Who will you find in our EOC?
Aside from Public Health Director, Jeff Lee, you will find our hard-working Emergency Management team, Public Health nurses, Assistant County Manager Bryan Layton (heading up our public information team), and various other county employees working together for the greater good of Navajo County.  Through many community, tribal, state and federal partnerships, our Navajo County EOC members work tirelessly to contact trace COVID-19 throughout Navajo County, fulfil resource requests from various partners, provide supplies, services, and information to residents. Rhonda Krouse, EOC Planning Section Chief, when asked what was the most rewarding part of working in the EOC stated, “Getting to know all the partners we have in Navajo County and seeing firsthand how we are all able to come together in a high priority incident and make it work.”
Public Health Nurse Mauriah Walker echoed her statements, “I appreciate seeing everyone pull together for the good of the community. That’s important to everyone, to have a healthy, safe community. Technology has been a huge help during covid. I also appreciate my co-workers so much as they are feeling a lot of the same things I feel and get overwhelmed with.” Walker works with our Public Health nursing team to contact trace COVID-19 in our county. Their contact tracing efforts have been pivotal in helping to slow the spread of COVID-19, and they were recognized at a national level through an interview with The New York Times, explained in a video by CBSN.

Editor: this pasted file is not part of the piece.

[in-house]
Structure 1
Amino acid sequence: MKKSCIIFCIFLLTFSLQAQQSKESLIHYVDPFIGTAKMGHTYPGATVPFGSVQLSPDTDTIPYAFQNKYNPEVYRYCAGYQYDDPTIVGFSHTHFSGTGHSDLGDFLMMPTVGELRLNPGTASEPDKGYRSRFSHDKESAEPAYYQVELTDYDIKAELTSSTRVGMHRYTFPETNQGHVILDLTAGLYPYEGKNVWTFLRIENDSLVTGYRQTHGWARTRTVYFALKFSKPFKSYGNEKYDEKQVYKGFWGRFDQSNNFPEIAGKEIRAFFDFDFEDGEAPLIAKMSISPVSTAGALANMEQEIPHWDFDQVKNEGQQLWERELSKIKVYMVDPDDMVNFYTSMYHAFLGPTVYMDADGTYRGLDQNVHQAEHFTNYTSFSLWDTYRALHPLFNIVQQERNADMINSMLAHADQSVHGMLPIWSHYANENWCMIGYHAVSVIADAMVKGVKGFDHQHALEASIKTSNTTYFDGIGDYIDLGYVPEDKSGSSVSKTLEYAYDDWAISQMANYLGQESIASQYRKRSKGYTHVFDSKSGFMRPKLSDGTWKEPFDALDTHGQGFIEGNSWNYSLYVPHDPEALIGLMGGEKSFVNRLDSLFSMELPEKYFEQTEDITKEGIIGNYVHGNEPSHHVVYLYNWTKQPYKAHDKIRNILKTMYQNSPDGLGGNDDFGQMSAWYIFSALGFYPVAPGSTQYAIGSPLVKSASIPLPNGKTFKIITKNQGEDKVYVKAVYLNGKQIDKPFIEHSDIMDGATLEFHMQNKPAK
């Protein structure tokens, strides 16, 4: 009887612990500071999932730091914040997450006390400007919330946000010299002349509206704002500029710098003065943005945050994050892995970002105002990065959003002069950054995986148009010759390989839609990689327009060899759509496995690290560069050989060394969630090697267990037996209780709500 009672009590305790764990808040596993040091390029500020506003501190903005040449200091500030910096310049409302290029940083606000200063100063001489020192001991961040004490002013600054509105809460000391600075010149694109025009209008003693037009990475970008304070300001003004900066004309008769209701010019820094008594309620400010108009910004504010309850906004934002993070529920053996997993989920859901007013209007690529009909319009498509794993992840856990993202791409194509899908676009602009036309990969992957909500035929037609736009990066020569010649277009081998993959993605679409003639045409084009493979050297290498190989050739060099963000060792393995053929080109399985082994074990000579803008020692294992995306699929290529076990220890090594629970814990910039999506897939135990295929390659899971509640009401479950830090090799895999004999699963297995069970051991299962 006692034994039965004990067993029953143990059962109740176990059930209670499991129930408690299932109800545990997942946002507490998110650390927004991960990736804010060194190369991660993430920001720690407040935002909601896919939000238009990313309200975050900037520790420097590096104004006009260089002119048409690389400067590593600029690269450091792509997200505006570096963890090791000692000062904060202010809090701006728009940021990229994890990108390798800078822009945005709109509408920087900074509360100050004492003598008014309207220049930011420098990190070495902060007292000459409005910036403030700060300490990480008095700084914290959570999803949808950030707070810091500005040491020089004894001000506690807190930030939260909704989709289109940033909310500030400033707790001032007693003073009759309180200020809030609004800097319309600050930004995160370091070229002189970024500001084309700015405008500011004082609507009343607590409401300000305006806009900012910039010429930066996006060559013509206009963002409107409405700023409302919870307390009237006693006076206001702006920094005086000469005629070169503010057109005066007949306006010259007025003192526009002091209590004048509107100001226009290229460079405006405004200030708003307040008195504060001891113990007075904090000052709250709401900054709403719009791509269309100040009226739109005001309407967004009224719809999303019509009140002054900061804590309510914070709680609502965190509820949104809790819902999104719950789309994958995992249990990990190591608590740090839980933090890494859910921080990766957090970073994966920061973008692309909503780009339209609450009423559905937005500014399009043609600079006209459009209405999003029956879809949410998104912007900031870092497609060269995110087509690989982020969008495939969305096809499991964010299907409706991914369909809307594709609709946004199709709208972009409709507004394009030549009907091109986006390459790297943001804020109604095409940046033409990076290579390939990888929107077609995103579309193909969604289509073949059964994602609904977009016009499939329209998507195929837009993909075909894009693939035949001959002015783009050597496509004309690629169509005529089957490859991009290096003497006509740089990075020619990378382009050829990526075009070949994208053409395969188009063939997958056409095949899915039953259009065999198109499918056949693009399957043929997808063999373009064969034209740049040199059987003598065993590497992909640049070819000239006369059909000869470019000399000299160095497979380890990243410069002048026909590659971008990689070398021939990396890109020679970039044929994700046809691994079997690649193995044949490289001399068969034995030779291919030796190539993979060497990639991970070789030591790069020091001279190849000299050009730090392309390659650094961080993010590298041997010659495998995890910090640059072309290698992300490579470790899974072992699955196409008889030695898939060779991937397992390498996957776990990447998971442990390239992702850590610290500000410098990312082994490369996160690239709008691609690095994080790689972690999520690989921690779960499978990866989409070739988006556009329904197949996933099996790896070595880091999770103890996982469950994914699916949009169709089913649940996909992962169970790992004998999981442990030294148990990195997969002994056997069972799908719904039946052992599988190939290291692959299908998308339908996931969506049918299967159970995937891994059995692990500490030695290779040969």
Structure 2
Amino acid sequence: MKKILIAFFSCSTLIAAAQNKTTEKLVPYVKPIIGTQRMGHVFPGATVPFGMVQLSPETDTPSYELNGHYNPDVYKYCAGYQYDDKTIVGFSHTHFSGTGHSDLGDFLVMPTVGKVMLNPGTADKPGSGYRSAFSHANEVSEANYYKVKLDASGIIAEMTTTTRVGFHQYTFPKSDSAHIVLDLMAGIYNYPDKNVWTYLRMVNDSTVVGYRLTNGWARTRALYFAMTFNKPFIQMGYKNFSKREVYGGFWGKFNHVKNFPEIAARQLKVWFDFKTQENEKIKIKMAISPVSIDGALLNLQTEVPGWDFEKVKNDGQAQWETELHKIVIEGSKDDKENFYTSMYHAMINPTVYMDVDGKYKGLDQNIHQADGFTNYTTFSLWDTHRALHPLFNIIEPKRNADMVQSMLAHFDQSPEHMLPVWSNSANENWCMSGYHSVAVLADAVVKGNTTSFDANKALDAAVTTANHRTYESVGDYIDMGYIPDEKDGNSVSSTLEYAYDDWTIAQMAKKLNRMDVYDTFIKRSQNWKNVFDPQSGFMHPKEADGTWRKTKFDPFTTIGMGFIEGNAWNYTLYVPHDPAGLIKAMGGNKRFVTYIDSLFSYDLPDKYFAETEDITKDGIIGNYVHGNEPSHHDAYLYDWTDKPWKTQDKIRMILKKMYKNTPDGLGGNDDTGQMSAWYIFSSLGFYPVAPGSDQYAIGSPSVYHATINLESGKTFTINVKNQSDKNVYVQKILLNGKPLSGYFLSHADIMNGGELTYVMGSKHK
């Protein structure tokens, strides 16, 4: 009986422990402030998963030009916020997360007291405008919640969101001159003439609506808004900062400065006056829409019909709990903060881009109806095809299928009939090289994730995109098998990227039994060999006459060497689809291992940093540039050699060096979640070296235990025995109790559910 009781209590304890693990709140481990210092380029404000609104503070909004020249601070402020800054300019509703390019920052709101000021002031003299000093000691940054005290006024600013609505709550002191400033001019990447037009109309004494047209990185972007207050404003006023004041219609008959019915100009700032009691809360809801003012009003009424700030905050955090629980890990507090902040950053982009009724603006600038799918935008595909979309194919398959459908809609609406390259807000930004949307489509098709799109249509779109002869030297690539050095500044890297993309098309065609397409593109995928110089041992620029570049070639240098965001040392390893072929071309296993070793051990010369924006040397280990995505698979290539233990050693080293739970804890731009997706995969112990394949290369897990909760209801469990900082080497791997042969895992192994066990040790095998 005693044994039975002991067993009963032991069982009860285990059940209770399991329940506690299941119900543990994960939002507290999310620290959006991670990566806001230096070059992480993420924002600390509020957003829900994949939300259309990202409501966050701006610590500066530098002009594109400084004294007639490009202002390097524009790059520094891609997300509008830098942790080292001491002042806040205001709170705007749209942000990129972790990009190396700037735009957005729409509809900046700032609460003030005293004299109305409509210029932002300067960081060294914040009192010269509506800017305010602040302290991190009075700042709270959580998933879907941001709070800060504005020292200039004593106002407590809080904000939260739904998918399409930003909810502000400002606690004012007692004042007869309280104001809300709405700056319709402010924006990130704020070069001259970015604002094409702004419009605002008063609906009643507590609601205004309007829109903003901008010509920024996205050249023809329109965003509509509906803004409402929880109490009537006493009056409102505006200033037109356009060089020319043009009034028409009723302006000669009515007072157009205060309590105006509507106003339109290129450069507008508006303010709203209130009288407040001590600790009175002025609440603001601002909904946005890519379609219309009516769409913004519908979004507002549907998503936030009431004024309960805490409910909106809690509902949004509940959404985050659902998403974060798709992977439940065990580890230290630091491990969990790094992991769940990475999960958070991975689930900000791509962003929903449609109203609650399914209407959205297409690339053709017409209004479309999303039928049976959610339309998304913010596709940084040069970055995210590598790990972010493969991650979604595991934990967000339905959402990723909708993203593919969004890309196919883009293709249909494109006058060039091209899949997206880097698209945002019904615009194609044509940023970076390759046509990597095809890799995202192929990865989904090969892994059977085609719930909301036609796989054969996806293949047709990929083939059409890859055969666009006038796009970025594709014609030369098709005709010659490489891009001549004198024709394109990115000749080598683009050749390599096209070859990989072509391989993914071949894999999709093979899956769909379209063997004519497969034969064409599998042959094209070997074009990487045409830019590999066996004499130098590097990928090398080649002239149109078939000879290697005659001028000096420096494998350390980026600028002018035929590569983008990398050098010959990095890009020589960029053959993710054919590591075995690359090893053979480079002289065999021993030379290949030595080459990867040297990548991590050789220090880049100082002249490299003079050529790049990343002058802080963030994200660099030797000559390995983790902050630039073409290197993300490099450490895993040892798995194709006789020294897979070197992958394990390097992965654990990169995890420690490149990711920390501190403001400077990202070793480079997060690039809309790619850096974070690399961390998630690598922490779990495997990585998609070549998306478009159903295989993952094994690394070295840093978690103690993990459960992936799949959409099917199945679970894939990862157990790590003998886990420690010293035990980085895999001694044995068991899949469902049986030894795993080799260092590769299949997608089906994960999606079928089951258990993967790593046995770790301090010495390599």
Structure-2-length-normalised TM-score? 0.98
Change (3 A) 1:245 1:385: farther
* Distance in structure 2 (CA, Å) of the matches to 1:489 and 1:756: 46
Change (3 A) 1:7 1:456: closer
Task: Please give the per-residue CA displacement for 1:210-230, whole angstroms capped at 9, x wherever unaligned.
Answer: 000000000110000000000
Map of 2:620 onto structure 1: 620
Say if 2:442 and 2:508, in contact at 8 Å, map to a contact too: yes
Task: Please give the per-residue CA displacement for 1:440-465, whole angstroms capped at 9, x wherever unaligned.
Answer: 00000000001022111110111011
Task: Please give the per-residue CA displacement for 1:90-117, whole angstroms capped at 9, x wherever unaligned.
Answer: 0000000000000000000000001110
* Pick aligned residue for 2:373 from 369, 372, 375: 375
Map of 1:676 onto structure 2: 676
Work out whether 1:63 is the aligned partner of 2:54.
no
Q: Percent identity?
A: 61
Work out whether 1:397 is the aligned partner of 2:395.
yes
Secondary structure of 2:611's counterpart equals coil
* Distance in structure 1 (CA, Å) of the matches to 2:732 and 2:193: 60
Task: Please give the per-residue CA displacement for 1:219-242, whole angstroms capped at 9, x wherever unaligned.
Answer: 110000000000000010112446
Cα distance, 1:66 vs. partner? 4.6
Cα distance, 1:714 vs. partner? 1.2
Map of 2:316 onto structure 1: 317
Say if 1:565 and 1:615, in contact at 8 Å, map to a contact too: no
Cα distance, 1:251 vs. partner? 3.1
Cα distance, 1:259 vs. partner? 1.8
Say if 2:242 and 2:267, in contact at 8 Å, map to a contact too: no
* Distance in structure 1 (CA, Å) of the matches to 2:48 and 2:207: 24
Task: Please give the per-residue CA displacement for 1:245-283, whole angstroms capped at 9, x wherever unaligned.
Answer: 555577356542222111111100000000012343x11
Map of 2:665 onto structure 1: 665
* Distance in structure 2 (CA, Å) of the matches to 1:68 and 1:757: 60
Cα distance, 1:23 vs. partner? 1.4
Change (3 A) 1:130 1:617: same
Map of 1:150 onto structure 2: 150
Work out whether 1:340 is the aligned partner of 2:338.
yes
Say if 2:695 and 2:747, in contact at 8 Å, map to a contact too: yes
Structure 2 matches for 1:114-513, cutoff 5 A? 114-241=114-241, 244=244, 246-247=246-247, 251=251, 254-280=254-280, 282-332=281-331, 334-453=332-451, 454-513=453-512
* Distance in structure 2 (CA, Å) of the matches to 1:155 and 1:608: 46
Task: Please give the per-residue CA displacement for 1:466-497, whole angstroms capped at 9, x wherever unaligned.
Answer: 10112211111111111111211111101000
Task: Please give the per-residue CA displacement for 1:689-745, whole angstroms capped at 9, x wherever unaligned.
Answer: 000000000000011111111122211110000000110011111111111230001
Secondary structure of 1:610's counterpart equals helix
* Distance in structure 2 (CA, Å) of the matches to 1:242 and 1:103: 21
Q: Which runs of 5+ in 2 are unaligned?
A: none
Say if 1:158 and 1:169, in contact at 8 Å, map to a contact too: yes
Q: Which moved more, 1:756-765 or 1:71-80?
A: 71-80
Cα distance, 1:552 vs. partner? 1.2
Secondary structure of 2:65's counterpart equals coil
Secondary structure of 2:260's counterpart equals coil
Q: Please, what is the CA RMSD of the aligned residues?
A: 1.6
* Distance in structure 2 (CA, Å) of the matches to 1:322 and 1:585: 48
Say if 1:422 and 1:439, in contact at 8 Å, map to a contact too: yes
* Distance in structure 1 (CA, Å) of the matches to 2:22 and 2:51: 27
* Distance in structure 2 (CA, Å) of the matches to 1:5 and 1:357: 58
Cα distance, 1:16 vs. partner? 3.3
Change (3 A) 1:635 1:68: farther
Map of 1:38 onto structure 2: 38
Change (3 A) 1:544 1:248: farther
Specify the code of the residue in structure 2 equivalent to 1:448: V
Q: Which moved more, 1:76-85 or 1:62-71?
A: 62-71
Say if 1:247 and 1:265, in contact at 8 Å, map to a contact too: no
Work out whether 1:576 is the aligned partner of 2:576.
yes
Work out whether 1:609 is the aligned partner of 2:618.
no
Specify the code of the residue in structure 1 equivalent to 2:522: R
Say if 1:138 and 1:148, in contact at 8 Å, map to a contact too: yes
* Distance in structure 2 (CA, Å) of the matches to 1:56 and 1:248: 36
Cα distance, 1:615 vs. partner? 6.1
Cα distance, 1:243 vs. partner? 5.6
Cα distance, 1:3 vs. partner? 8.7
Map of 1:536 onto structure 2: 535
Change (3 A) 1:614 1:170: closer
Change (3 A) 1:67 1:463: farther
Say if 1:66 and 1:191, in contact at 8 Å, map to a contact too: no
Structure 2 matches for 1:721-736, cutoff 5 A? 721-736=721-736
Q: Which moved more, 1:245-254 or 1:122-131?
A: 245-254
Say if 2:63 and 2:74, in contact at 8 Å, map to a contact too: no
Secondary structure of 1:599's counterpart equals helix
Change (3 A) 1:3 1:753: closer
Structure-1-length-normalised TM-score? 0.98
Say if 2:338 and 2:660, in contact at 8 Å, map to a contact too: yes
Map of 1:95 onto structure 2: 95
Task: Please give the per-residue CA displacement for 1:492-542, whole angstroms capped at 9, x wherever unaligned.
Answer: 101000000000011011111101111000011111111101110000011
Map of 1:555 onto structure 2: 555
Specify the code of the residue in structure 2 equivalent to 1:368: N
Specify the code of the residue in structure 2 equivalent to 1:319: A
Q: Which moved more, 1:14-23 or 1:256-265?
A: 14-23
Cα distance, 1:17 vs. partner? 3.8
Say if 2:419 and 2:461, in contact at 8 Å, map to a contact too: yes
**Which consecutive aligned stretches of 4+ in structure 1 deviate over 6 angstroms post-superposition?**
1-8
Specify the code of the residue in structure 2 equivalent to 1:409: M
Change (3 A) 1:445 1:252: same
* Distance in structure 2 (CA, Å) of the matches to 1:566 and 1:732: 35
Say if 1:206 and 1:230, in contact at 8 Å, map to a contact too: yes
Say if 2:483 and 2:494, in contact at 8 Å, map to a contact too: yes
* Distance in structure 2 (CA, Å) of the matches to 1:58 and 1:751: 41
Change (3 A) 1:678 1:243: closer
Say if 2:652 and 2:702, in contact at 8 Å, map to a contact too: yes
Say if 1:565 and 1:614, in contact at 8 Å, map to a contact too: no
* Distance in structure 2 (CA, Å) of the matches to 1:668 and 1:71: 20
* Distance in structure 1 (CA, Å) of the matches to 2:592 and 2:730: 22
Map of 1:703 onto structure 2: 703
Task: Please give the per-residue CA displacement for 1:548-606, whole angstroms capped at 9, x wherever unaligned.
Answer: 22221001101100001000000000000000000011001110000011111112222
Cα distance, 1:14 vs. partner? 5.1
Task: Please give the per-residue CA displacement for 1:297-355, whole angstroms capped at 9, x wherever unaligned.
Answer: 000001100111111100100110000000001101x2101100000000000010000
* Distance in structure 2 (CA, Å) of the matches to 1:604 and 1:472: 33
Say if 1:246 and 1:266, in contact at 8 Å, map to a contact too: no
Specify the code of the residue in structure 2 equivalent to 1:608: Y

Navajo County Public Health Nursing Supervisor Janelle Linn remarked on the physical and emotional toll COVID-19 has taken but added it has been rewarding, “Knowing that I am making a difference in keeping our community safe and healthy.  I’ve also enjoyed the connection and relationships built with community members throughout the contact tracing and patient monitoring for those who are impacted by and isolated with COVID.”
Navajo County’s EOC is a tight-knit community within communities, working hard and caring for neighbors on an accelerated level.  Their dedication is felt and appreciated the county over.

Navajo County Government met with Shelley Ehmann, Chief Operating Officer at Change Point to discuss mental health during COVID-19 times.